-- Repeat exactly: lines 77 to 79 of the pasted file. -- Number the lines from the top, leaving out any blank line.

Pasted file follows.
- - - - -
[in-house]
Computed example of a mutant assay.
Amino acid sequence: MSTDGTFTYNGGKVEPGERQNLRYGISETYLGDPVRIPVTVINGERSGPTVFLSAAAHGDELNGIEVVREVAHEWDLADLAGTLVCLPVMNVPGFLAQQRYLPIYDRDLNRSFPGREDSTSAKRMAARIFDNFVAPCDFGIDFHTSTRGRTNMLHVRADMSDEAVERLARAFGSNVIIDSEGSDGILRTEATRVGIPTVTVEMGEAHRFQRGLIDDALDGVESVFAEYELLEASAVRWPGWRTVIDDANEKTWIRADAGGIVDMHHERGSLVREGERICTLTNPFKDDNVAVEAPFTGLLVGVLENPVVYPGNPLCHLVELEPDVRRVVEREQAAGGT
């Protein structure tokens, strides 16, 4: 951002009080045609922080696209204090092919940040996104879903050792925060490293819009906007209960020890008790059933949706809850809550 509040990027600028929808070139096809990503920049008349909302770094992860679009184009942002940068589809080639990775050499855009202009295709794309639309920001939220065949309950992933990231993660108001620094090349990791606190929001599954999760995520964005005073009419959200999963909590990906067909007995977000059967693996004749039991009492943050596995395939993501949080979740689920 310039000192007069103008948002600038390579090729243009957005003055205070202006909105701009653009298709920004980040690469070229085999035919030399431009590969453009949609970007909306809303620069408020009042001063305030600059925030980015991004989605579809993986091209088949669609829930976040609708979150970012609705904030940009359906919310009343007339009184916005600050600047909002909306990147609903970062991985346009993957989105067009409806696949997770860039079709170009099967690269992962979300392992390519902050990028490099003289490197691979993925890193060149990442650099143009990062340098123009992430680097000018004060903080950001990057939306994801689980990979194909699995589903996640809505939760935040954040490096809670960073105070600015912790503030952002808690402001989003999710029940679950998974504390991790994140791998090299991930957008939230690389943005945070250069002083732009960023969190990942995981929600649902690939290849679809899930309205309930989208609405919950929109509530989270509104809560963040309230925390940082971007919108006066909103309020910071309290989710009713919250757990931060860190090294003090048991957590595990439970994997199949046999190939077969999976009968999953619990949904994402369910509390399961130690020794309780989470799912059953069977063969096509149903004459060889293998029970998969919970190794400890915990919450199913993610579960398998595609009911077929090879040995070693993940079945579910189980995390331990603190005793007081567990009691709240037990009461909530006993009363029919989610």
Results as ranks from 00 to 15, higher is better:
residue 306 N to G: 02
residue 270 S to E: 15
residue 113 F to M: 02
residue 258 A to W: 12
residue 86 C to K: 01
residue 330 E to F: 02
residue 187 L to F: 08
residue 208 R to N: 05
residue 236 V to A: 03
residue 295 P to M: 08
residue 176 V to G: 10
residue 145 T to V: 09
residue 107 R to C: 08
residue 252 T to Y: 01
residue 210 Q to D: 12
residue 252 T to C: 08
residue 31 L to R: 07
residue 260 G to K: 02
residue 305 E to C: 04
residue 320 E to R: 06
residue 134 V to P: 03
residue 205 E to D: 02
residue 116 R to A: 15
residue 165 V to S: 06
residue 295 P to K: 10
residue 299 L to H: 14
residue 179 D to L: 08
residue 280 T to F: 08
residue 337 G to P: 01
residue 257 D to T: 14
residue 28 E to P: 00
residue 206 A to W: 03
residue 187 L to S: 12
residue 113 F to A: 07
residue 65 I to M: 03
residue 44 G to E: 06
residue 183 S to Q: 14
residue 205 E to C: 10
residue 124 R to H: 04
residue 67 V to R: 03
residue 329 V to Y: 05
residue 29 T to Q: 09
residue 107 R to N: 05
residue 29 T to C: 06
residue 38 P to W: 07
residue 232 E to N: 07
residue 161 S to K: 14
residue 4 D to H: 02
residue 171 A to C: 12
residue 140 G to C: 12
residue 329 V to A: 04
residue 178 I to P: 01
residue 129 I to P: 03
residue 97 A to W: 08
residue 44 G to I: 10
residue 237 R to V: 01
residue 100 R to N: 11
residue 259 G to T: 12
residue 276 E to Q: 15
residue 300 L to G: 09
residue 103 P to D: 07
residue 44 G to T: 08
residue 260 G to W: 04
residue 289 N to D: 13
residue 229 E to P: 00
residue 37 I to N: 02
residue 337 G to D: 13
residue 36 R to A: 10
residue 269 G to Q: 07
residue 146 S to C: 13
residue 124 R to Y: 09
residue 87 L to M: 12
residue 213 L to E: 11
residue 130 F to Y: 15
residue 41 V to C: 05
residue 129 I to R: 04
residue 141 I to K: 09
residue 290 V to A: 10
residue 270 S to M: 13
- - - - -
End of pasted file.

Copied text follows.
residue 87 L to M: 12
residue 213 L to E: 11
residue 130 F to Y: 15